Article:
Your spouse has just told you that he/she wants a divorce. Chances are you are dealing with a whirlwind of emotions. On top of that you need to prepare yourself for what comes next in the legal divorce process. Here is an outline of what to expect after your spouse asks you for a divorce.

Initial Fees

First off, there is usually no benefit to the other spouse if they file for divorce first.  To initiate a divorce action, the party must pay an initial filing fee, typically around $400.  Sometimes if the parties are able to settle the matter, one spouse can submit all of the paperwork and save the other spouse from having to also pay a filing fee.  However, in the future, if the other spouse wishes to bring a post decree motion, they would have to pay the initial filing fee at that time.

Even if your spouse files for divorce first, you still will have the opportunity to respond and tell the court what you want in your Answer and Counter Petition.  Your spouse doesn’t have a stronger legal argument simply because they filed for divorce.

However, if you live in a different county than your spouse (or a different state) be aware that if your spouse initiates the action, they can choose where the divorce will take place.  You can petition the court to change the venue, but this is usually a hard sell for the court unless you have a really good reason to move where the case will be heard.

Divorce Paperwork

You will have 30 days to answer the divorce paperwork. If you have been personally served (i.e. someone other than your spouse hands you the divorce papers) then you have 30 days from that date to respond with your answer and counter petition.  Oftentimes if it appears that the parties may be able to reach a settlement, the initiating party will grant the other party an indefinite extension to answer, meaning they don’t have to file an answer within the 30 days.  However, if the matter goes to trial, then an answer should definitely be filed.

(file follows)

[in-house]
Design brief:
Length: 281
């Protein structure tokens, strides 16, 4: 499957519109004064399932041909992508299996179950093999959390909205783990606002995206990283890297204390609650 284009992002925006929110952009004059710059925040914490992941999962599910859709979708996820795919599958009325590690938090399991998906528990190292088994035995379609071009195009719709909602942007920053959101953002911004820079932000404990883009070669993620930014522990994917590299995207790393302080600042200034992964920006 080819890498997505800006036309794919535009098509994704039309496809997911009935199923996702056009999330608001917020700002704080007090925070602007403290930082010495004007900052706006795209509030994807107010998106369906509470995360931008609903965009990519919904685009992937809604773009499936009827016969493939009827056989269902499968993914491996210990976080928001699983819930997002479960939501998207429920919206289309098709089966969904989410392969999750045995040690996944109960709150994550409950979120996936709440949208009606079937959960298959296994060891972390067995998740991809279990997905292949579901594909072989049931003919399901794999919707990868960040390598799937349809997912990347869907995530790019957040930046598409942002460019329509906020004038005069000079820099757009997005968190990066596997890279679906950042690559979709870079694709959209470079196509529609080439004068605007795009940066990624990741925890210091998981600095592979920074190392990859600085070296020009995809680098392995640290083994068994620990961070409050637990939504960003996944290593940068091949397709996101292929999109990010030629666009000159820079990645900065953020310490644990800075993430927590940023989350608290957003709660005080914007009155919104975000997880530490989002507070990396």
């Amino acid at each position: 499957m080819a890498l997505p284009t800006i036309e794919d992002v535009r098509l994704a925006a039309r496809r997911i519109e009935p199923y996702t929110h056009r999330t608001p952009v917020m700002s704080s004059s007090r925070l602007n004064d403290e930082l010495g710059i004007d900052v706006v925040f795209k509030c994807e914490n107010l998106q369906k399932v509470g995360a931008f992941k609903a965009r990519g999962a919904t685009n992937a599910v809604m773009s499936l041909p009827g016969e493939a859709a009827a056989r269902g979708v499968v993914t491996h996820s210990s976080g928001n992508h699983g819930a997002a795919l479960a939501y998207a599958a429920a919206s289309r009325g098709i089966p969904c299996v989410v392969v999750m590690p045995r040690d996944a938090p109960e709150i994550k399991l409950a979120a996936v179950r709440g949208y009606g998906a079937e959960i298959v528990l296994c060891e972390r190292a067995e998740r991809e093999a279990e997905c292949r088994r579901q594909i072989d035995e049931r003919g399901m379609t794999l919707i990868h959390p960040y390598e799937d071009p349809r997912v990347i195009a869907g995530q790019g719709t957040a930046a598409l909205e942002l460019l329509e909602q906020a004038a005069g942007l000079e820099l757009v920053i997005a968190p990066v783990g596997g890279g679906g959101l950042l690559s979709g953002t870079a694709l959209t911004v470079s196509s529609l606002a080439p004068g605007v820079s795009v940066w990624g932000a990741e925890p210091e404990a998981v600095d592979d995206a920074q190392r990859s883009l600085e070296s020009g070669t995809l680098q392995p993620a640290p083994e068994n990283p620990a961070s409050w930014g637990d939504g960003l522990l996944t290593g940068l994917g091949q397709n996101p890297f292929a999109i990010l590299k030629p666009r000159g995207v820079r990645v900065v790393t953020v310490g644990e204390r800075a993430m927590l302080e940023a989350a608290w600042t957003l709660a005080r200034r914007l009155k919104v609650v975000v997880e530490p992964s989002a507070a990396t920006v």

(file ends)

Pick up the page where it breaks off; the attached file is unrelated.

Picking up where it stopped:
You must either be personally served or sign an admission of service.  Either a person other than your spouse has to hand you the divorce paperwork or you must sign and notarize a statement that says you received the paperwork.  If neither of these things happens, you have not been properly served and your spouse cannot file for divorce.  However, if you have not been served because your spouse cannot find you or you are avoiding service, your spouse can ask the court to service you via alternative means.  In other words, they can request to serve you via mail or by publication.  Service by publication means that they send a notice in the newspaper.  Service by alternative means will start the time clock of 30 days for you to answer.

If you do not answer and do not respond to the divorce paperwork, your spouse can default you, meaning that they can ask the judge to grant them divorce pursuant to their requested terms.  So pay attention and if you get served with divorce paperwork, consult with an attorney to make sure that you are protected going forward.